Stanford University has announced two new online educational platforms bringing the number of Stanford courses available online this Fall to a total of 16.
Last year Stanford online courses broke set new records for interest and participation in MOOCs (Massive Open Online Course) with three courses that were taught both on campus to Stanford students and online to all-comers.
Due to its combination of topic and high profile presenters, Professors Sebastian Thrun and Peter Norvig, Introduction to Artificial Intelligence attracted over 140,000 signups and over 23,000 students successfully completed the 10-week course. The other outcome of its success was Udacity - a venture co-founded by Sebastian Thrun with the aim of providing high class university level education free via the Internet. Udacity's new classes are developed in-house rather than being based on established courses and so it no longer offers Stanford branded courses.
Professor Jennifer Widom's describes her experience of teaching her Stanford course, Introduction to Databases, as "one of the most rewarding things I've done". On campus the course normally attracts around 100 students so it came as something of an eye-opener that 60,000 online students from 130 countries enrolled. Of these 25,000 submitted assignments and 6,500 achieved a strong final score. The course materials for this are still available on-line at its dedicated website, which suggests that it will run again as part of Coursera, the company founded by Stanford professors Daphne Koller and Andrew Ng that offers free online courses from top universities.
Of the 16 Stanford courses available online this semester, 9 are from Coursera and two of them, Andrew Ng's Machine Learning and Dan Boneh's Cryptography are already well underway. Also, despite Stanford claiming them as "new", another two, Human-Computer Interaction taught by Scott Klemmer and Probabilistic Graphical Models taught by Daphne Koller are second online presentations. Stanford courses being presented for the first time by Coursera are Introduction to Mathematical Thinking, Writing in the Sciences, Organizational Analysis, Introduction to Logic and Algorithms: Design and Analysis, Part 2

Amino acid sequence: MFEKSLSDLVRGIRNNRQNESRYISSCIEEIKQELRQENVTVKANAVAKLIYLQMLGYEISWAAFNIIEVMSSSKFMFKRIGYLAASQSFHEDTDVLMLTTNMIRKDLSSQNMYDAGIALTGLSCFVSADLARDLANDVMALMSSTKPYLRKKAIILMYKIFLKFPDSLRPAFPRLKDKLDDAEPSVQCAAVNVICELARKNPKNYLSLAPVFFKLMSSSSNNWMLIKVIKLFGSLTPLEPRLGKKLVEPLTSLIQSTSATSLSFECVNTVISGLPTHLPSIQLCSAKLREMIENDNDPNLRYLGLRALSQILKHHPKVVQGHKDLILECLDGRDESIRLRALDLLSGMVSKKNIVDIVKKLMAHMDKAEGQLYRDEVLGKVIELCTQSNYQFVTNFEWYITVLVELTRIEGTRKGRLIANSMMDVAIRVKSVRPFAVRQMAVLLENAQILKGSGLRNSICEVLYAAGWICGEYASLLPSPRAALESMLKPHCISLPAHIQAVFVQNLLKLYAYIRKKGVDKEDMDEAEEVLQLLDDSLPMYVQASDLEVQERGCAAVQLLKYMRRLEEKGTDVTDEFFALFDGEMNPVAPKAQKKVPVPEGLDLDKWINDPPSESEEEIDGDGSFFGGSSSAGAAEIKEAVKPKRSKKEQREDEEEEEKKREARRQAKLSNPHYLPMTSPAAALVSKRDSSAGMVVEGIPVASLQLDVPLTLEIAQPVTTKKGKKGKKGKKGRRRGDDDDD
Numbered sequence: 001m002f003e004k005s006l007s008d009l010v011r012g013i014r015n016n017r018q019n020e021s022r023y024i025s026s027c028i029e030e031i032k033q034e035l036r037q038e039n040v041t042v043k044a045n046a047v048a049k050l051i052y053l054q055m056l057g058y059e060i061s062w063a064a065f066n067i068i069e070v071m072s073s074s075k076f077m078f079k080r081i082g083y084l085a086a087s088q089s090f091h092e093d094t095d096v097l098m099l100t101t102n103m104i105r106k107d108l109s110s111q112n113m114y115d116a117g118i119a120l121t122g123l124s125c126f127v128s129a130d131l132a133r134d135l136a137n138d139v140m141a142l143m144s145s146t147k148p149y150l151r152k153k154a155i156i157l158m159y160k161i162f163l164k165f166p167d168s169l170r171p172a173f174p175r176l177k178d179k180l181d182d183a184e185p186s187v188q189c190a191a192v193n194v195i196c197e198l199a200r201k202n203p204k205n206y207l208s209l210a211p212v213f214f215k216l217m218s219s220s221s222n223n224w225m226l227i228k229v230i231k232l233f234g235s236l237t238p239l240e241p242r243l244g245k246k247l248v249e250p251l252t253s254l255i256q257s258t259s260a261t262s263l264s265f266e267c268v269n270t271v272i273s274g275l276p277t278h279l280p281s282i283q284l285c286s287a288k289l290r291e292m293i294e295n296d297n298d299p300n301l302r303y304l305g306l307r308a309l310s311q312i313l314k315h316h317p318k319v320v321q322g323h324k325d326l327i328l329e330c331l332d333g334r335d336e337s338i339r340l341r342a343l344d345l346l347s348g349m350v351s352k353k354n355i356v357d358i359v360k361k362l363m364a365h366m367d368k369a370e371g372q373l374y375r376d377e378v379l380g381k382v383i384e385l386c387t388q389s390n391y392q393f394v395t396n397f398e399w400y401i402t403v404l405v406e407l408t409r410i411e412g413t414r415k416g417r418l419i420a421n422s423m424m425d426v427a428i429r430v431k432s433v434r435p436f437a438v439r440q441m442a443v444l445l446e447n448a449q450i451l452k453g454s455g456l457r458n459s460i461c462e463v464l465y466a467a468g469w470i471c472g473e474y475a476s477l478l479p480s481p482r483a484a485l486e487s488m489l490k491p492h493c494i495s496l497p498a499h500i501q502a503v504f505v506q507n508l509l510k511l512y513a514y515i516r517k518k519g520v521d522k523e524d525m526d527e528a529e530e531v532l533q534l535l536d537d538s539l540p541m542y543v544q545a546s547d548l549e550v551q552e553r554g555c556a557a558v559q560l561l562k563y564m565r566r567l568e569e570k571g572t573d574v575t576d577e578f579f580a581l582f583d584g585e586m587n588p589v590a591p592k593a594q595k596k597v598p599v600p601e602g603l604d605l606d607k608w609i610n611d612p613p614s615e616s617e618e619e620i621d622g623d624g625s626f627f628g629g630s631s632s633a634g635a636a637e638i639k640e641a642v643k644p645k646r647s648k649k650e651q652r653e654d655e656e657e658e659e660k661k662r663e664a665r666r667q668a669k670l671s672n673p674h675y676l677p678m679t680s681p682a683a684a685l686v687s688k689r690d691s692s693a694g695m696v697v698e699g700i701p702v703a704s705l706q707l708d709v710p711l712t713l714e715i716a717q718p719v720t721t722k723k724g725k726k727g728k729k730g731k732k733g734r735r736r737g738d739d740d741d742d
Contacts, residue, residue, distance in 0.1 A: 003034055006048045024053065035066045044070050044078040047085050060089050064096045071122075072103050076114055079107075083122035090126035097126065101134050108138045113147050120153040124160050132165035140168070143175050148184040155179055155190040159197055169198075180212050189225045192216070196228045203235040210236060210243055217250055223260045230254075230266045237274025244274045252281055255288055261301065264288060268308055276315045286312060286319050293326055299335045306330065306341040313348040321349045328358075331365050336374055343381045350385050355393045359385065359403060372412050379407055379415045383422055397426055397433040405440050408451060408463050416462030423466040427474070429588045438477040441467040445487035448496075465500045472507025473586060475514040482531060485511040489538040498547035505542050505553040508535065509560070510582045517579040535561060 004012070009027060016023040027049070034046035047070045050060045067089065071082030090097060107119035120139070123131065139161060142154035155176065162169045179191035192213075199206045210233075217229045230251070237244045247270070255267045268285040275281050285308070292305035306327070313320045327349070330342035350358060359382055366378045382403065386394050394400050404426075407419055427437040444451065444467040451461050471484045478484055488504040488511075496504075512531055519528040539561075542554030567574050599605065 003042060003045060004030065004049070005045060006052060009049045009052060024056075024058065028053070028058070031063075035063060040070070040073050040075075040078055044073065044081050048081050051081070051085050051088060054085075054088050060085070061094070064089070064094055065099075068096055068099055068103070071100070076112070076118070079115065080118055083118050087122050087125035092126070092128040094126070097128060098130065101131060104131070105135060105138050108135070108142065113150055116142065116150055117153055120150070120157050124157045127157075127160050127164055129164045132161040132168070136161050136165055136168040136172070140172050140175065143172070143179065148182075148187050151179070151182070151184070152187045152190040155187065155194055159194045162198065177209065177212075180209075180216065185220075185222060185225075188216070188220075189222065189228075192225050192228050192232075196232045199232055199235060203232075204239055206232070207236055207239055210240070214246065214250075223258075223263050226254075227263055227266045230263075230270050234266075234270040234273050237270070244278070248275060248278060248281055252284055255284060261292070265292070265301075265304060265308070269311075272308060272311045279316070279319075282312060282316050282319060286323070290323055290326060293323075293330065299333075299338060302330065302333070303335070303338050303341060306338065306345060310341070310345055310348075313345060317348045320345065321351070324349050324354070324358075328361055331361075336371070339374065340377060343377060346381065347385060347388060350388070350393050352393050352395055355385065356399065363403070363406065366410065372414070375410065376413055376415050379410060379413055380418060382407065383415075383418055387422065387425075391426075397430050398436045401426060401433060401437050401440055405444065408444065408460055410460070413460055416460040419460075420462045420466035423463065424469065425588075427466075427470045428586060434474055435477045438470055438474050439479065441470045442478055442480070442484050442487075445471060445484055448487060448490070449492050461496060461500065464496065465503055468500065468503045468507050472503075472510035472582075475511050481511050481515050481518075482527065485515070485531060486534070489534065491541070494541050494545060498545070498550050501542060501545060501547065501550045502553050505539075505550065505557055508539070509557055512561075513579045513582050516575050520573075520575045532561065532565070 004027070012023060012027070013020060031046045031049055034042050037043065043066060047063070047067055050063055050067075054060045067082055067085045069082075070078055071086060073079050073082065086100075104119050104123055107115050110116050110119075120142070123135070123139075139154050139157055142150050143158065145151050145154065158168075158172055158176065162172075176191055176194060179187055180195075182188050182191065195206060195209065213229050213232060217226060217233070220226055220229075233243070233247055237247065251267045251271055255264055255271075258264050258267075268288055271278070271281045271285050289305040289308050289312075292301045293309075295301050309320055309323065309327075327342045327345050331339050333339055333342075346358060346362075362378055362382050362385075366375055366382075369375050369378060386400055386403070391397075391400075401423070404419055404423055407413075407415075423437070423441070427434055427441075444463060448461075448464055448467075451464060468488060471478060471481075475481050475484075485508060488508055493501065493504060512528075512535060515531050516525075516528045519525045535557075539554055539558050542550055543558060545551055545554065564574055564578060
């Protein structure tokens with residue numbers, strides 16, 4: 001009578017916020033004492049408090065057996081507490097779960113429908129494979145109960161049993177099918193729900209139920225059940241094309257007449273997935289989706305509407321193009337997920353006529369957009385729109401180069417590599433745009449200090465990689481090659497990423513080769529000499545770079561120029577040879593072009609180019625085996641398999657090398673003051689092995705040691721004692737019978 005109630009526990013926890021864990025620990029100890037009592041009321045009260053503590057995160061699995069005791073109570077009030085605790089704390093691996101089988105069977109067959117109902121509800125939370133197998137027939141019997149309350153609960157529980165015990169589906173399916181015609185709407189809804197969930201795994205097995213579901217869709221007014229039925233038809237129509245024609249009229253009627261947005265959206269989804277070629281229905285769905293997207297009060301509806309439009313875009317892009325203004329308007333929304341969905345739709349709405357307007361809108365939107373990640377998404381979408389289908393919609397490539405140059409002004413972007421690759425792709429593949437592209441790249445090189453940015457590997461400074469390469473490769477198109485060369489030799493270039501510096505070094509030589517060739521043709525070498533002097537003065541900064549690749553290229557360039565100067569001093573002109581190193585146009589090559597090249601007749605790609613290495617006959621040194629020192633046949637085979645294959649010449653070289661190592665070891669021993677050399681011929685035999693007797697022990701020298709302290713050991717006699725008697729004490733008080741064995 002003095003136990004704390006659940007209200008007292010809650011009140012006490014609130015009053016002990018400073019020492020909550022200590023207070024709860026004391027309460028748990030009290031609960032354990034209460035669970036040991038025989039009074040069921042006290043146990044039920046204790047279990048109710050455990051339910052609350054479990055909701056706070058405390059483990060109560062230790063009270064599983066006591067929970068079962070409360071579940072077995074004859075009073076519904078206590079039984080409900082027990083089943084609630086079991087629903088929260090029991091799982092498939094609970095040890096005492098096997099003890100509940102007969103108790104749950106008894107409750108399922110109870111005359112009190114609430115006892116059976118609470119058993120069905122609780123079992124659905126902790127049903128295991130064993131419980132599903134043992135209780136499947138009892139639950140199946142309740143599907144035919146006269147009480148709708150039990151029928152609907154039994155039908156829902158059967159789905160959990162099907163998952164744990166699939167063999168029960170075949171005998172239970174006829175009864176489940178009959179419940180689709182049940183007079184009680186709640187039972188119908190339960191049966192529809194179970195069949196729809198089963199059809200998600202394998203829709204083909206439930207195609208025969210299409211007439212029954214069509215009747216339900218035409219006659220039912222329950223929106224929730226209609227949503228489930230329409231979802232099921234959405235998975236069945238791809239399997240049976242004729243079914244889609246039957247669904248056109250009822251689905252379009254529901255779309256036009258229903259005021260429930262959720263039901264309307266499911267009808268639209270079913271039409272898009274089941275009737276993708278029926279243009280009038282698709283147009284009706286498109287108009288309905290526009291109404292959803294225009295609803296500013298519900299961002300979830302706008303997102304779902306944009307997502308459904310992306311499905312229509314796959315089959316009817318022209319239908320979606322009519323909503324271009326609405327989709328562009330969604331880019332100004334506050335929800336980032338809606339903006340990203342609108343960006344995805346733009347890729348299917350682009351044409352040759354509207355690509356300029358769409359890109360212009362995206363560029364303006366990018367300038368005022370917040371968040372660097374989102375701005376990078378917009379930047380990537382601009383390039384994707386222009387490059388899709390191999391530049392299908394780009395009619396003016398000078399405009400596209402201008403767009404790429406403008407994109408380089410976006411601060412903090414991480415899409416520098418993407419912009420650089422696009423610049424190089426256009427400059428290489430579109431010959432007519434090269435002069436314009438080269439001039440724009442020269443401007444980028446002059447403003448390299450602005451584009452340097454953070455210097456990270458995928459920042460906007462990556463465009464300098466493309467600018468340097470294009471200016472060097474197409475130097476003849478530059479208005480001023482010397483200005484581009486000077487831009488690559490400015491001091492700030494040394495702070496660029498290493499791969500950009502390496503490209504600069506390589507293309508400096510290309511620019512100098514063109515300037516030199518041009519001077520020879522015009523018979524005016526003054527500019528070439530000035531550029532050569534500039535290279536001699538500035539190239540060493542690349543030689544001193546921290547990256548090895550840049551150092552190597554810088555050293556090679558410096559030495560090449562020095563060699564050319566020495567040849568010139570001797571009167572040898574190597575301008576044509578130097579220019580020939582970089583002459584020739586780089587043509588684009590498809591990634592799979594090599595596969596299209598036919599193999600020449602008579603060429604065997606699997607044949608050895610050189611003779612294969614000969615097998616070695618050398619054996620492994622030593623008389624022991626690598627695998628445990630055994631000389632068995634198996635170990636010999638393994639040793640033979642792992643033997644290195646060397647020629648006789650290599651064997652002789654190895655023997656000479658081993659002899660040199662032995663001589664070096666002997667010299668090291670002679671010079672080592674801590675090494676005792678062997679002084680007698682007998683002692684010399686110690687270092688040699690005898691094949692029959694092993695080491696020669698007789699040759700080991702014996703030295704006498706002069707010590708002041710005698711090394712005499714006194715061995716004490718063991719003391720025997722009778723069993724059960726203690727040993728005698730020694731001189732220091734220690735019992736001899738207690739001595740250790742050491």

What is new for Fall 2012 is that Class2Go, which is Stanford Online's internal platform is offering two courses on open access: Solar Cells, Fuel Cells, and Batteries and An Introduction to Computer Networks which:
focuses on explaining how the Internet works, ranging from how bits are modulated on wires and in wireless to application-level protocols like BitTorrent and HTTP. It also explains the principles of how to design networks and network protocols.
The other "new" platform is Venture Lab and it is has already run Technology Entrepreneurship - which attracted around 40,000 students from 150 countries when Chuck Eesley taught it earlier this year. The distinctive feature of Venture Labs is that students work in teams. For the new presentation of Technology Entrepreneurship, alumni of the last class will be mentoring new student teams.
One Venture Labs course that sounds as if it might tackle some the problems outlined in Mike James' recent article, MOOCs Fail Students With Dark Age Methods, is Designing a New Learning Environment. It's description open with questions:
What constitutes learning in the 21st century? Should reading, watching, memorizing facts, and then taking exams be the only way to learn? Or could technology (used effectively) make learning more interactive, collaborative, and constructive? Could learning be more engaging and fun?
and Paul Kim's stated goal is:
to promote systematic design thinking that will cause a paradigm shift in the learning environments of today and tomorrow.
Other classes from Venture Labs are in Finance, Creativity and Advanced Entrepreneurshipp and all of them are project-based and involve working in teams.